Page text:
"The bulk of the material in this vehicle is ballistic armor, steel, and it takes some special processes and procedures to do that effectively so it not only meets the requirements from an automotive standpoint, but more importantly, it meets the requirements from a ballistic-protection standpoint," says Payne. "That’s what made this program interesting from a forming and fabrication standpoint because working with this material isn’t something that every company and every fabricating facility can do. We relied heavily on our network, and we also brought on some new capability as part of this program."

Investing in technology
To accomplish this, BAE Systems made extensive investments in new technologies, specifically laser cutting capability, robotic welding and forming capability (because of the unusually large plates that make up the vehicles and because the MRAP materials can be difficult to form).

Payne says the Ground Systems organization and its strategic production partners invested more than $60 million for installing the fabrication and assembly capacity. This amount doesn’t include investments by BAE Systems’ supply base that provides nonballistic attachments and components.

"We made those investments for specific reasons," says Payne. "To achieve the kind of throughput and velocity that we needed in our manufacturing system, we couldn’t, in our view, accomplish it by doing it manually because we just didn’t have access to the qualified and skilled welders for these kinds of materials and these processes. And we needed volumes approaching 20 units a day across the production system, which wasn’t available from a manual-welding standpoint. That’s when we went to welding automation for both quality and throughput."

As such, BAE Systems invested in robotic welding systems that range from a single robot to automated systems that encompass up to seven stations employing 12 robots. Other specific investments include a 96-in.-by-244-in.-capacity CNC laser cutting machine, as well as similarly sized waterjet and plasma cutting machines.

"We’re talking large machines here--large plate fabrication capability, followed by some large forming capability," says Payne. "Because one of the reasons that allows these vehicles to survive [IED and EFP?attacks] involves what’s referred to as V-hull technology. That involves forming of continuous plates. So one continuous plate, at least in our product, forms the bottom of the vehicle, which allows for and aids in that survivability."

Large presses are used to form those V-shaped sections found on the bottom of the crew compartment to accommodate single-piece construction.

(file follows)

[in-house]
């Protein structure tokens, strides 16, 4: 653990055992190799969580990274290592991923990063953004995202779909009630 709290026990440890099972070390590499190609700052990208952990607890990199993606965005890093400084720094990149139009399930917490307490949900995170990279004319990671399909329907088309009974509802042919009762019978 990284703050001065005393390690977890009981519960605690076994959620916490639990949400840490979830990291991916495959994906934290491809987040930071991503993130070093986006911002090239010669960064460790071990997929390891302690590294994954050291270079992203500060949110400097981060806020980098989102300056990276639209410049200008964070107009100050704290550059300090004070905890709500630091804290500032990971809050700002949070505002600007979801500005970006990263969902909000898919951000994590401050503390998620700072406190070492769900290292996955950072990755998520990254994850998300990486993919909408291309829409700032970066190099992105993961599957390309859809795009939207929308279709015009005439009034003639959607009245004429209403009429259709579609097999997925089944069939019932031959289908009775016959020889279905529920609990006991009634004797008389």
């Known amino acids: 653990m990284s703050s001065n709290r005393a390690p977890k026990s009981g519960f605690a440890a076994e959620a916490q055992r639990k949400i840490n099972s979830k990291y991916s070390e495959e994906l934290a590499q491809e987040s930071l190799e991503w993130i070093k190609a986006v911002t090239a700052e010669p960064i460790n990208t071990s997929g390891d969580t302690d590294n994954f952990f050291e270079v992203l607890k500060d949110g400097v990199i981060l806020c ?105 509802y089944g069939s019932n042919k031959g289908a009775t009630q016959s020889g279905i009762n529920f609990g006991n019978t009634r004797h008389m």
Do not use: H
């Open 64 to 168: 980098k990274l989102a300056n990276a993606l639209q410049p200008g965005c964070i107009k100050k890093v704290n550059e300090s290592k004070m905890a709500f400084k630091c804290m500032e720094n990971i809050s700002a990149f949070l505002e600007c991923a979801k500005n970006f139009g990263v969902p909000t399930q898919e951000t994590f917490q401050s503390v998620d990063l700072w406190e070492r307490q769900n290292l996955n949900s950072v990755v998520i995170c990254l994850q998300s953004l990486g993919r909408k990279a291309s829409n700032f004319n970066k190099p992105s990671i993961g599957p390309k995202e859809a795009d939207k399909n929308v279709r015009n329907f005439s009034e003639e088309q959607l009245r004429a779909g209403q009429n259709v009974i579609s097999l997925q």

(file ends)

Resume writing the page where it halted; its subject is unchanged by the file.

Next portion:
BAE Systems provides the weldings for the MRAP vehicles’ crew compartment, and it does final assembly, integration and testing. Payne says the company focuses on elements that are critically important to the vehicle’s performance. The bulk of the nonessential vehicle components comes from BAE Systems’ supplier network, which consists of about 250 companies in 38 states for the MRAP vehicle program.

Adding electronics
In addition to its network of outside suppliers, subcontractors and strategic partners, BAE Systems’ Ground Systems organization relied a great deal on members of its Electronics group in producing the MRAP vehicles.

Hank Waters, director for integrated network solutions, says his group--which incorporates communication subsystems into land, sea and air military vehicles--faces constant evolution and revolution because of changing technological needs and that the MRAP vehicle program was no exception.

Recently, his team adapted an existing communication system so it could be part of an MRAP vehicle, which Waters says hadn’t been considered.

"Over the course of about three months, we did a lot of engineering work with multiple manufacturing companies, then we went up to [the facility] and looked at a similar vehicle," he says. "We put a kit together and redesigned it so there was no drilling in the hulls. It’s literally a bolt-in solution. Those are the ones I take a lot of pride in, when our teams can look at something and say, ‘Without flying to Iraq, without walking out and seeing the physical vehicle, we can design something, ship it to the troops and almost make it a plug-and-play.’ We’re just taking care of the folks over there. We protect the people who protect us." FFJ